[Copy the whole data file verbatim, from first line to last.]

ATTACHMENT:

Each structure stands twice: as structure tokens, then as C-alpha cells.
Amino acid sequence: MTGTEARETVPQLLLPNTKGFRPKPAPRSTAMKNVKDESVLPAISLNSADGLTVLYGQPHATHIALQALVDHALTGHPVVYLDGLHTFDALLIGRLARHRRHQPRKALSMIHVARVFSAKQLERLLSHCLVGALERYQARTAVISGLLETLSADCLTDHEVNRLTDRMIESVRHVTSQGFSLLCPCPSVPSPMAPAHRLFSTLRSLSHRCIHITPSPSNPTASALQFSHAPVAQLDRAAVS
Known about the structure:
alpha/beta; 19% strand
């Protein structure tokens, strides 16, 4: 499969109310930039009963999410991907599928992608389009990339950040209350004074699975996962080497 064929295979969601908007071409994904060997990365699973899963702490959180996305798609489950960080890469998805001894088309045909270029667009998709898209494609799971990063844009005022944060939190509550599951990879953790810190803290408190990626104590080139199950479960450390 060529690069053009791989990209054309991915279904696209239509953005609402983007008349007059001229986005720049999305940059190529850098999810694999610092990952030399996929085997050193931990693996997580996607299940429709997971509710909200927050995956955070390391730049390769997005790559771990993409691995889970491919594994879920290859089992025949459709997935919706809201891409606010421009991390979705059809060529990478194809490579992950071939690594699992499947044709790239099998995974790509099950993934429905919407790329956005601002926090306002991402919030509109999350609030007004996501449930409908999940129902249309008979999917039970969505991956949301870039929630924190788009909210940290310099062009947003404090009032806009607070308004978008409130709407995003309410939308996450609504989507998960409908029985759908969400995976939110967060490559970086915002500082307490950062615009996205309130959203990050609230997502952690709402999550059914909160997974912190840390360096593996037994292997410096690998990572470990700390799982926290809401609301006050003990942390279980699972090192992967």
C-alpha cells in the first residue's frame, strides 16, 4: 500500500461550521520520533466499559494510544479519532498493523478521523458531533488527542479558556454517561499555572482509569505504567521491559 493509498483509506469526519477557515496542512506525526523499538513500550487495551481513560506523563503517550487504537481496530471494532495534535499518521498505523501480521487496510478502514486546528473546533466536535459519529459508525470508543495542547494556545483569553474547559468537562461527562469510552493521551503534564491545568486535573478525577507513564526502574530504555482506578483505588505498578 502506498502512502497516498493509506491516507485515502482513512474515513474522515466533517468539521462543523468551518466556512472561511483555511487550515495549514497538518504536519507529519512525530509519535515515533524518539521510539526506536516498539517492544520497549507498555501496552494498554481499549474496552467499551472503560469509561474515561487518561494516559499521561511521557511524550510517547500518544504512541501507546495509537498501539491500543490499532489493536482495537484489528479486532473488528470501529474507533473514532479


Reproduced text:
Each structure stands twice: as structure tokens, then as C-alpha cells.
Amino acid sequence: MTGTEARETVPQLLLPNTKGFRPKPAPRSTAMKNVKDESVLPAISLNSADGLTVLYGQPHATHIALQALVDHALTGHPVVYLDGLHTFDALLIGRLARHRRHQPRKALSMIHVARVFSAKQLERLLSHCLVGALERYQARTAVISGLLETLSADCLTDHEVNRLTDRMIESVRHVTSQGFSLLCPCPSVPSPMAPAHRLFSTLRSLSHRCIHITPSPSNPTASALQFSHAPVAQLDRAAVS
Known about the structure:
alpha/beta; 19% strand
């Protein structure tokens, strides 16, 4: 499969109310930039009963999410991907599928992608389009990339950040209350004074699975996962080497 064929295979969601908007071409994904060997990365699973899963702490959180996305798609489950960080890469998805001894088309045909270029667009998709898209494609799971990063844009005022944060939190509550599951990879953790810190803290408190990626104590080139199950479960450390 060529690069053009791989990209054309991915279904696209239509953005609402983007008349007059001229986005720049999305940059190529850098999810694999610092990952030399996929085997050193931990693996997580996607299940429709997971509710909200927050995956955070390391730049390769997005790559771990993409691995889970491919594994879920290859089992025949459709997935919706809201891409606010421009991390979705059809060529990478194809490579992950071939690594699992499947044709790239099998995974790509099950993934429905919407790329956005601002926090306002991402919030509109999350609030007004996501449930409908999940129902249309008979999917039970969505991956949301870039929630924190788009909210940290310099062009947003404090009032806009607070308004978008409130709407995003309410939308996450609504989507998960409908029985759908969400995976939110967060490559970086915002500082307490950062615009996205309130959203990050609230997502952690709402999550059914909160997974912190840390360096593996037994292997410096690998990572470990700390799982926290809401609301006050003990942390279980699972090192992967």
C-alpha cells in the first residue's frame, strides 16, 4: 500500500461550521520520533466499559494510544479519532498493523478521523458531533488527542479558556454517561499555572482509569505504567521491559 493509498483509506469526519477557515496542512506525526523499538513500550487495551481513560506523563503517550487504537481496530471494532495534535499518521498505523501480521487496510478502514486546528473546533466536535459519529459508525470508543495542547494556545483569553474547559468537562461527562469510552493521551503534564491545568486535573478525577507513564526502574530504555482506578483505588505498578 502506498502512502497516498493509506491516507485515502482513512474515513474522515466533517468539521462543523468551518466556512472561511483555511487550515495549514497538518504536519507529519512525530509519535515515533524518539521510539526506536516498539517492544520497549507498555501496552494498554481499549474496552467499551472503560469509561474515561487518561494516559499521561511521557511524550510517547500518544504512541501507546495509537498501539491500543490499532489493536482495537484489528479486532473488528470501529474507533473514532479